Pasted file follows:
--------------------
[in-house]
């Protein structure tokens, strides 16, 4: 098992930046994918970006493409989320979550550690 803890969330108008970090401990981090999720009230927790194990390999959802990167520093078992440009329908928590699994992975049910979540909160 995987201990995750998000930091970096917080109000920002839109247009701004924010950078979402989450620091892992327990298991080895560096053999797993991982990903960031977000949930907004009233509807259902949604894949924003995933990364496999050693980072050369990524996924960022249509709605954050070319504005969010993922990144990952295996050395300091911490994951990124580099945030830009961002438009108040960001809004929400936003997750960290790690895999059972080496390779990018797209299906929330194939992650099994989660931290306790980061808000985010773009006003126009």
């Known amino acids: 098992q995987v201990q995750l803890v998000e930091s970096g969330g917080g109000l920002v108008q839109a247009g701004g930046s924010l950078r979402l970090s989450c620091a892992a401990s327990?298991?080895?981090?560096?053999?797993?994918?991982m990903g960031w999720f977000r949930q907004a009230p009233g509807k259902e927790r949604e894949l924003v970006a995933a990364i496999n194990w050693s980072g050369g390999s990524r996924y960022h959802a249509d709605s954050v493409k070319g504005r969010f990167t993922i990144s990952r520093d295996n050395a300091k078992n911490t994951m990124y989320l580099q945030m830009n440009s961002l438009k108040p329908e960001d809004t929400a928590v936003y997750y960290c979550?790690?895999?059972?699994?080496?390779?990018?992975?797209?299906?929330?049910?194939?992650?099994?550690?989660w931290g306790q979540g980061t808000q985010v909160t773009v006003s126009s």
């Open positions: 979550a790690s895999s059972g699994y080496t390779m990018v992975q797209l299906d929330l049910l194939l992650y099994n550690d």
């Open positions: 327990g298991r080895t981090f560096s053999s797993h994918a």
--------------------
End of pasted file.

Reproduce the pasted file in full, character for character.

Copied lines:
[in-house]
């Protein structure tokens, strides 16, 4: 098992930046994918970006493409989320979550550690 803890969330108008970090401990981090999720009230927790194990390999959802990167520093078992440009329908928590699994992975049910979540909160 995987201990995750998000930091970096917080109000920002839109247009701004924010950078979402989450620091892992327990298991080895560096053999797993991982990903960031977000949930907004009233509807259902949604894949924003995933990364496999050693980072050369990524996924960022249509709605954050070319504005969010993922990144990952295996050395300091911490994951990124580099945030830009961002438009108040960001809004929400936003997750960290790690895999059972080496390779990018797209299906929330194939992650099994989660931290306790980061808000985010773009006003126009």
């Known amino acids: 098992q995987v201990q995750l803890v998000e930091s970096g969330g917080g109000l920002v108008q839109a247009g701004g930046s924010l950078r979402l970090s989450c620091a892992a401990s327990?298991?080895?981090?560096?053999?797993?994918?991982m990903g960031w999720f977000r949930q907004a009230p009233g509807k259902e927790r949604e894949l924003v970006a995933a990364i496999n194990w050693s980072g050369g390999s990524r996924y960022h959802a249509d709605s954050v493409k070319g504005r969010f990167t993922i990144s990952r520093d295996n050395a300091k078992n911490t994951m990124y989320l580099q945030m830009n440009s961002l438009k108040p329908e960001d809004t929400a928590v936003y997750y960290c979550?790690?895999?059972?699994?080496?390779?990018?992975?797209?299906?929330?049910?194939?992650?099994?550690?989660w931290g306790q979540g980061t808000q985010v909160t773009v006003s126009s």
């Open positions: 979550a790690s895999s059972g699994y080496t390779m990018v992975q797209l299906d929330l049910l194939l992650y099994n550690d």
């Open positions: 327990g298991r080895t981090f560096s053999s797993h994918a």